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Will the amended Heating Costs Ordinance lead to greater climate protection in the housing sector?

An opinion piece by Stephan Bause, Managing Director of the noventic group

Today the discussion about more climate protection in rented housing has become overly focused on shifting costs and responsibility back and forth. In this context, digital climate protection technologies have long since provided solutions beneficial not only for the climate but also to tenants and landlords alike. All lawmakers have to do is create a safe, future-proof framework for everyone. A recent study conducted on our behalf by Andreas Pfnür, professor at the Technical University of Darmstadt, and Dr. Nikolas Müller, an engineer conducting post-doctoral research in the same faculty, found that many tenants are willing to make a substantial contribution to greater climate protection.

For around 40 years the Heating Costs Ordinance (Heizkostenverordnung - HKVO) has regulated consumption-based energy billing in residential housing. Since its introduction, being aware that they will be responsible for their own consumption at the end of the year has induced consumers to be more economical. As a result, since the HKVO came into force, annual energy consumption in the building sector has fallen by some 20% . Thus the HKVO is already playing an important role in paving the way to a climate-neutral building stock.

The HKVO amendment adopted today aims to further raise awareness by ensuring the provision of consumption information throughout the year (but at most monthly), thereby incentivising even more economical behaviour.

There is no question that there is an urgent need for action here. After all, the building sector is currently one of the most energy-intensive sectors of all. It accounts for around 35% of German energy consumption, 73% of which is attributable to heating alone. The previous focus on the energy optimization of the building envelope and energy technology has proven to be too slow and in many places too expensive. For years, the building stock renovation rate has fallen far short of targeted goals. On top of this, the envisaged savings effects of energy-efficient modernisation have often not been achieved under actual operational conditions.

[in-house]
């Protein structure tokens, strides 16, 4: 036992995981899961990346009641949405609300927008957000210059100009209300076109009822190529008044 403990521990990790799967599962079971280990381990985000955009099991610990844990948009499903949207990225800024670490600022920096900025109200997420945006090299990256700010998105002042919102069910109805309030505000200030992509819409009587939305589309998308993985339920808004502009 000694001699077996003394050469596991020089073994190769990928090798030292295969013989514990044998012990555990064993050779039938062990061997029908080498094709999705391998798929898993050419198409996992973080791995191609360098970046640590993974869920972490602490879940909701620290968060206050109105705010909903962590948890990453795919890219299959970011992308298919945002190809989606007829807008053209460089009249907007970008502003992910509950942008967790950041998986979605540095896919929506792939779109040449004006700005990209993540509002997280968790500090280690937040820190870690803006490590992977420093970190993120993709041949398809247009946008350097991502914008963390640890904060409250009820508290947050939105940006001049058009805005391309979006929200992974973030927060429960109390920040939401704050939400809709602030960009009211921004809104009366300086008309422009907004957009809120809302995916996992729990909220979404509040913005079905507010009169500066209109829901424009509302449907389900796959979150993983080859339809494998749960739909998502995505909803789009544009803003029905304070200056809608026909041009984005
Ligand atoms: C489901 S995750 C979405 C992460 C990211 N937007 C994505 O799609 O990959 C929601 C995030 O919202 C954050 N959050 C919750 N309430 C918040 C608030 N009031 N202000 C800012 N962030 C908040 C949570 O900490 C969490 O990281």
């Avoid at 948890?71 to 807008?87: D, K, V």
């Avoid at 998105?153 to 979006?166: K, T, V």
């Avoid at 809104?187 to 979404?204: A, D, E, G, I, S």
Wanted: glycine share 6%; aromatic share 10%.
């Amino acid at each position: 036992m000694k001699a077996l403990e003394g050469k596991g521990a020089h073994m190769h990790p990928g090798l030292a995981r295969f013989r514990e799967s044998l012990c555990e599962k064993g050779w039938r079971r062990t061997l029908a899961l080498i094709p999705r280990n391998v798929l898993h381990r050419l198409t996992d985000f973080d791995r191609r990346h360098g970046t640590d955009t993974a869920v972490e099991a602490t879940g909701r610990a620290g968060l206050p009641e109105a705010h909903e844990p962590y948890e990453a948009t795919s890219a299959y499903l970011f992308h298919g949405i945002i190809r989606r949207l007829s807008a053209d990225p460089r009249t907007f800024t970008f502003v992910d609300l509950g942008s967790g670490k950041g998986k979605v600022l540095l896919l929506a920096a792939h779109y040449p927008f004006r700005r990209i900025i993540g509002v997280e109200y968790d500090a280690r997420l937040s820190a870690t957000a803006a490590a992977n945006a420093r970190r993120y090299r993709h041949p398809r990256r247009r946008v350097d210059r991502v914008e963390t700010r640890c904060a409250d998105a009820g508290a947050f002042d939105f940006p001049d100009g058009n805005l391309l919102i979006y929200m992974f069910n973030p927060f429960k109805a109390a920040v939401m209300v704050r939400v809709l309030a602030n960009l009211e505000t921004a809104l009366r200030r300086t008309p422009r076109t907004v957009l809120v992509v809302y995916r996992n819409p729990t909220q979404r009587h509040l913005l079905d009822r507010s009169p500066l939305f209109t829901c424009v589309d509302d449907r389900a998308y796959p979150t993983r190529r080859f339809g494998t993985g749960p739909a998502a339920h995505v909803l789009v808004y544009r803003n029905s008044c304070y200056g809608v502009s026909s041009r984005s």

One rapidly effective, low investment lever for driving down the energy consumed in apartment buildings is digitisation, that is using intelligent digital solutions and increased transparency about one's own energy consumption.


  • Firstly, intelligent heating control can use aggregated, anonymised consumption data to optimally automate the central heat supply in line with actual demand, thereby boosting energy savings without reducing living comfort.
  • Secondly, residents of apartment buildings will for the first time, for instance via meters and apps fitted with radio transmitters, be provided with the technology needed to be able to check their current consumption and benefit from individually tailored tips on how to save energy. Only through direct feedback will people be able to assess and improve their own consumption behaviour.

The amendment is a step in the right direction, then. However, the use of up-to-date consumption data beyond the monthly interval remains prohibited for data protection reasons. Monthly average values only give limited insight into the relationship between consumption and the many individual actions causing it, as a result of which much of the potential for enhancing energy efficiency in multi-family buildings remains untapped.

In the context of climate protection, the issue of digitisation and consumption data in housing must therefore be further addressed across society as a whole, with a view to devising a forward-looking legal framework.

Studiengrafik noventic group

This is not currently guaranteed. While users in private smart homes are willing to share their data in order to increase efficiency and convenience, we are still very much at the beginning in the context of climate protection in residential housing.

However, a recent study by Andreas Pfnür, a professor at TU Darmstadt, and Dr. Nikolas Müller, an engineer conducting post-doctoral research in the same field, found that tenants are open to the idea. To improve climate protection, two-thirds of the 1,000 tenant households surveyed expressed their willingness to share their consumption data and leave their heating control to the technology.

This shows us that in addition to the building envelope, we can also use transparency to make the consumption behaviour of tenants decisive for a building's energy balance. This is where we need to start right now.

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